Kendrick Lamar’s ‘Mortal Man’ – more than just music

Now that the dust has settled on Kendrick Lamar’s critically acclaimed To Pimp a Butterfly, it’s only natural that every concept and theme established throughout the album is dissected, dismantled and analysed with a fine tooth comb. While the album itself stands on its own as a feat of music, it is the social and racially contextual messages that propel the project forward into unchartered waters.

Mortal Man is one of the tracks that I keep coming back to, for a multitude of reasons. The song itself serves as a fitting ending to the story behind the album, but also raises several questions about the plight of a young African American man trying to succeed in a cut-throat industry. Kendrick poses a recurring question to his audience, “When shit hits the fan is you still a fan?” challenging the dedication of those around him, and the need for dedication in the environment that he struggled in for much of his own life.

The poem that seamlessly weaves the album together concludes at the end of this track, as Kendrick portrays a hypothetical interview with cultural icon and arguably the modern era’s most influential rapper, Tupac Shakur. To search for snippets of Tupac interviews and create a chilling moment speaks to the innovation and ingenuity behind Kendrick Lamar’s musical process. As Kendrick ends the recital of his poem, the eagerness for appreciation and recognition from Shakur is apparent; we almost forget that Kendrick is the king of the current rap game; here he is, a star-struck boy from Compton, interviewing his idol. Concept albums are sometimes hard to revisit in terms of replay value, but Kendrick leaves the audience with a sense of helplessness, and as he repeats “Pac?” over and over again we are offered a haunting reminder of the mortality of the industry. Even the most influential rapper, Tupac Shakur, was not immune to the problems and issues that face young African-American men, and this is the tool that Lamar uses to emphasise the stark nature of this environment he and his fellow youth are facing. Success, fame and wealth do not act as a safeguard from these perils, in some ways they are exacerbated.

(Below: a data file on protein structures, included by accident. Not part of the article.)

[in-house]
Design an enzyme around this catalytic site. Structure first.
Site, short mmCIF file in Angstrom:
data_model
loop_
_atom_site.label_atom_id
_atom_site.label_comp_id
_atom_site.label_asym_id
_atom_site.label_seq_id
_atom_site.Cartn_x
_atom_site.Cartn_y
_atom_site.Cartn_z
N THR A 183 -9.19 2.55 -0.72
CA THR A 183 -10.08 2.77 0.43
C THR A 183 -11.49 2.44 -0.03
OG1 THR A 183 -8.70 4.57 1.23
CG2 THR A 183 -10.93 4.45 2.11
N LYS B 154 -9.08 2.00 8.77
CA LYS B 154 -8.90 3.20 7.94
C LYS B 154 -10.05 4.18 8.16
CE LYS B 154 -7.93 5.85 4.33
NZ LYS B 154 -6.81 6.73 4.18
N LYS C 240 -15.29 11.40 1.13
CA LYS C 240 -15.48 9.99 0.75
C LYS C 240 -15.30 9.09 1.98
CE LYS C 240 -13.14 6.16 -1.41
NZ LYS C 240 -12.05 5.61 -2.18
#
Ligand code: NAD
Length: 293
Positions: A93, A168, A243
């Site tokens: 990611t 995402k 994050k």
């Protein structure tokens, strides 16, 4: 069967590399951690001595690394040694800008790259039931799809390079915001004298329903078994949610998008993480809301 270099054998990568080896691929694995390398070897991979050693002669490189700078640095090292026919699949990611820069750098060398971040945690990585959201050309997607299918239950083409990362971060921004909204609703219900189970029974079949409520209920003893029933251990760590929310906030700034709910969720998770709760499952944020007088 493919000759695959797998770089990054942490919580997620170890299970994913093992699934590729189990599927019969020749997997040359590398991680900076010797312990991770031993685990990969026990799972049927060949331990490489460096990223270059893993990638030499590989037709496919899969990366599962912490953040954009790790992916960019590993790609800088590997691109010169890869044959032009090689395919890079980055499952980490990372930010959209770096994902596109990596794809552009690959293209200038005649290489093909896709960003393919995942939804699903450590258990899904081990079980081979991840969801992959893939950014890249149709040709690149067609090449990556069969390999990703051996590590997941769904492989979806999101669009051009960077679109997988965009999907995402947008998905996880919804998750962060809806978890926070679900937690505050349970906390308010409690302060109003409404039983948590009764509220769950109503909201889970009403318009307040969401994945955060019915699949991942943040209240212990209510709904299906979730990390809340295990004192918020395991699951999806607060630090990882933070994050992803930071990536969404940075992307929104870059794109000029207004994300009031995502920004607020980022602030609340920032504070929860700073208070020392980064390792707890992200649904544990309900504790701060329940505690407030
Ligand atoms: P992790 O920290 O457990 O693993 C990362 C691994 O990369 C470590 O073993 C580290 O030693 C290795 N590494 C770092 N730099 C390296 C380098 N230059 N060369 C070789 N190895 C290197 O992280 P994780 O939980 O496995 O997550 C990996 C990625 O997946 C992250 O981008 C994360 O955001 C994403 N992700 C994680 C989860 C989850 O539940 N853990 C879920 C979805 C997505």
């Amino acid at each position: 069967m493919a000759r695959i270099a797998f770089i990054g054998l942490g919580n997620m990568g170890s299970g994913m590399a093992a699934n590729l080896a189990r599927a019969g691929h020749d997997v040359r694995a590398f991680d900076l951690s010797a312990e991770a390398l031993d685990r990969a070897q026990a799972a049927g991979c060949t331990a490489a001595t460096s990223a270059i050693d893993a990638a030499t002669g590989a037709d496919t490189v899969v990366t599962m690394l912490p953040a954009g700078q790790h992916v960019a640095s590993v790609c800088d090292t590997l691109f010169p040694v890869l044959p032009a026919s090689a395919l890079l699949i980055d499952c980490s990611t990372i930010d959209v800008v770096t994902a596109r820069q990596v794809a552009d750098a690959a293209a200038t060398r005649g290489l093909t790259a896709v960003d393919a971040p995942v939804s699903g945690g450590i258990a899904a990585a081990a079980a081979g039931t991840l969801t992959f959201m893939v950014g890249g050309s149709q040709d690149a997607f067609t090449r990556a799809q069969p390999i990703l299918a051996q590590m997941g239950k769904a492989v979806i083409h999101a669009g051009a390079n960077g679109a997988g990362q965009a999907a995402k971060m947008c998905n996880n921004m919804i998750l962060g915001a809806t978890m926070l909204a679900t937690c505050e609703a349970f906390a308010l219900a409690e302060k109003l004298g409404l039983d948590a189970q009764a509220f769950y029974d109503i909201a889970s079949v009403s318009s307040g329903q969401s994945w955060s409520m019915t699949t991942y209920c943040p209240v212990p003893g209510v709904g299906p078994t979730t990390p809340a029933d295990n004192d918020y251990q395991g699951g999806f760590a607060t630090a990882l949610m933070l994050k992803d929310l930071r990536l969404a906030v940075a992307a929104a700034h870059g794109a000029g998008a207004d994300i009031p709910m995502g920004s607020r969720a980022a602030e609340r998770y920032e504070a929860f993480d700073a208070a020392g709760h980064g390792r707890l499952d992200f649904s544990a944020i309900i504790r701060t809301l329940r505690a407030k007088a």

Mortal Man is a touching track that preaches the message that unity and respect in the current climate is paramount, and that a lack of recognition amongst the African-American community will only lead to worse conditions and social environments. If we are to take any message from To Pimp a Butterfly, it is the poem that lays foundation behind the music;

“I remember you was conflicted
Misusing your influence
Sometimes I did the same
Abusing my power, full of resentment
Resentment that turned into a deep depression
Found myself screaming in the hotel room
I didn’t wanna self-destruct
The evils of Lucy was all around me
So I went running for answers
Until I came home
But that didn’t stop survivor’s guilt
Going back and forth trying to convince myself the stripes I earned
Or maybe how A-1 my foundation was
But while my loved ones was fighting the continuous war back in the city, I was entering a new one
A war that was based on apartheid and discrimination
Made me wanna go back to the city and tell the homies what I learned
The word was respect
Just because you wore a different gang colour than mines
Doesn’t mean I can’t respect you as a black man
Forgetting all the pain and hurt we caused each other in these streets
If I respect you, we unify and stop the enemy from killing us
But I don’t know, I’m no mortal man, maybe I’m just another nigga”